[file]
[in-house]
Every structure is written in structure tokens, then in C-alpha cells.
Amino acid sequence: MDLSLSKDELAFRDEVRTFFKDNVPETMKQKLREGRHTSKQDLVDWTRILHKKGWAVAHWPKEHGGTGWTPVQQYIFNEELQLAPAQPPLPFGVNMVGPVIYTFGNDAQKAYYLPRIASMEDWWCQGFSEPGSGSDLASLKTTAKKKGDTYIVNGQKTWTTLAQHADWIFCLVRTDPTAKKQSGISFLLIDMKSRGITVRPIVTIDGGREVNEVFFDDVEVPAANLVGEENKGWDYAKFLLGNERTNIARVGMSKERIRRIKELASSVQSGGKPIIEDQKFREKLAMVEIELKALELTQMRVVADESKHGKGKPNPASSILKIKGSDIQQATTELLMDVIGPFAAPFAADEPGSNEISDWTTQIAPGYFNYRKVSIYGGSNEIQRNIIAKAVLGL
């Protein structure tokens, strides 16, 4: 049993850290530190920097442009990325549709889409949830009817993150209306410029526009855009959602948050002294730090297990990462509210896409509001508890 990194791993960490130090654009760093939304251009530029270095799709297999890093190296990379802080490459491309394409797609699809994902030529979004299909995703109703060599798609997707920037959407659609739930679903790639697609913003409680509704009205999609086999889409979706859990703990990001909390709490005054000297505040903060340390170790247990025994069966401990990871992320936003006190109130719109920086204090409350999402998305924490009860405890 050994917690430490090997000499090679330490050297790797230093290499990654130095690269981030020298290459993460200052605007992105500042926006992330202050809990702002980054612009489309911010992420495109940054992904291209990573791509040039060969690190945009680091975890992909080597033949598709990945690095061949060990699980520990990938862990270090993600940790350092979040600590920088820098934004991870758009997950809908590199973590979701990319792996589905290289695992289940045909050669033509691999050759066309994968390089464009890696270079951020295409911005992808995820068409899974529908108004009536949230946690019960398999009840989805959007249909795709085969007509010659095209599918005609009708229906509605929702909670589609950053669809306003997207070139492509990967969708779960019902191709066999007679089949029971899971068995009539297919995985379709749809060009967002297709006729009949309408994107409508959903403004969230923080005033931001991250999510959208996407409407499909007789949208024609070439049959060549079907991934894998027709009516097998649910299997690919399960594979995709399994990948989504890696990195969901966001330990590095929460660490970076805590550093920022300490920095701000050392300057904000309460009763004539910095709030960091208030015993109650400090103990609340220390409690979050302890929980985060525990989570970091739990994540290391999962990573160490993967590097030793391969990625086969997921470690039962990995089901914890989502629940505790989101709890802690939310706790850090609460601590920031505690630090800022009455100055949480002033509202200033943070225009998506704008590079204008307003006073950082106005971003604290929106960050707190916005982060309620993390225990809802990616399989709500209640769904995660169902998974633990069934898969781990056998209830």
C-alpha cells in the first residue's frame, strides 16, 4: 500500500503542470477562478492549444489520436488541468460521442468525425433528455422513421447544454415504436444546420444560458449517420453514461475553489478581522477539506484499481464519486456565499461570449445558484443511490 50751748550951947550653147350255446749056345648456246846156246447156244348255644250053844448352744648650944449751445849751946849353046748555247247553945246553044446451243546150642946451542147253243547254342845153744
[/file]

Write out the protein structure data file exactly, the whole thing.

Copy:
[in-house]
Every structure is written in structure tokens, then in C-alpha cells.
Amino acid sequence: MDLSLSKDELAFRDEVRTFFKDNVPETMKQKLREGRHTSKQDLVDWTRILHKKGWAVAHWPKEHGGTGWTPVQQYIFNEELQLAPAQPPLPFGVNMVGPVIYTFGNDAQKAYYLPRIASMEDWWCQGFSEPGSGSDLASLKTTAKKKGDTYIVNGQKTWTTLAQHADWIFCLVRTDPTAKKQSGISFLLIDMKSRGITVRPIVTIDGGREVNEVFFDDVEVPAANLVGEENKGWDYAKFLLGNERTNIARVGMSKERIRRIKELASSVQSGGKPIIEDQKFREKLAMVEIELKALELTQMRVVADESKHGKGKPNPASSILKIKGSDIQQATTELLMDVIGPFAAPFAADEPGSNEISDWTTQIAPGYFNYRKVSIYGGSNEIQRNIIAKAVLGL
């Protein structure tokens, strides 16, 4: 049993850290530190920097442009990325549709889409949830009817993150209306410029526009855009959602948050002294730090297990990462509210896409509001508890 990194791993960490130090654009760093939304251009530029270095799709297999890093190296990379802080490459491309394409797609699809994902030529979004299909995703109703060599798609997707920037959407659609739930679903790639697609913003409680509704009205999609086999889409979706859990703990990001909390709490005054000297505040903060340390170790247990025994069966401990990871992320936003006190109130719109920086204090409350999402998305924490009860405890 050994917690430490090997000499090679330490050297790797230093290499990654130095690269981030020298290459993460200052605007992105500042926006992330202050809990702002980054612009489309911010992420495109940054992904291209990573791509040039060969690190945009680091975890992909080597033949598709990945690095061949060990699980520990990938862990270090993600940790350092979040600590920088820098934004991870758009997950809908590199973590979701990319792996589905290289695992289940045909050669033509691999050759066309994968390089464009890696270079951020295409911005992808995820068409899974529908108004009536949230946690019960398999009840989805959007249909795709085969007509010659095209599918005609009708229906509605929702909670589609950053669809306003997207070139492509990967969708779960019902191709066999007679089949029971899971068995009539297919995985379709749809060009967002297709006729009949309408994107409508959903403004969230923080005033931001991250999510959208996407409407499909007789949208024609070439049959060549079907991934894998027709009516097998649910299997690919399960594979995709399994990948989504890696990195969901966001330990590095929460660490970076805590550093920022300490920095701000050392300057904000309460009763004539910095709030960091208030015993109650400090103990609340220390409690979050302890929980985060525990989570970091739990994540290391999962990573160490993967590097030793391969990625086969997921470690039962990995089901914890989502629940505790989101709890802690939310706790850090609460601590920031505690630090800022009455100055949480002033509202200033943070225009998506704008590079204008307003006073950082106005971003604290929106960050707190916005982060309620993390225990809802990616399989709500209640769904995660169902998974633990069934898969781990056998209830």
C-alpha cells in the first residue's frame, strides 16, 4: 500500500503542470477562478492549444489520436488541468460521442468525425433528455422513421447544454415504436444546420444560458449517420453514461475553489478581522477539506484499481464519486456565499461570449445558484443511490 50751748550951947550653147350255446749056345648456246846156246447156244348255644250053844448352744648650944449751445849751946849353046748555247247553945246553044446451243546150642946451542147253243547254342845153744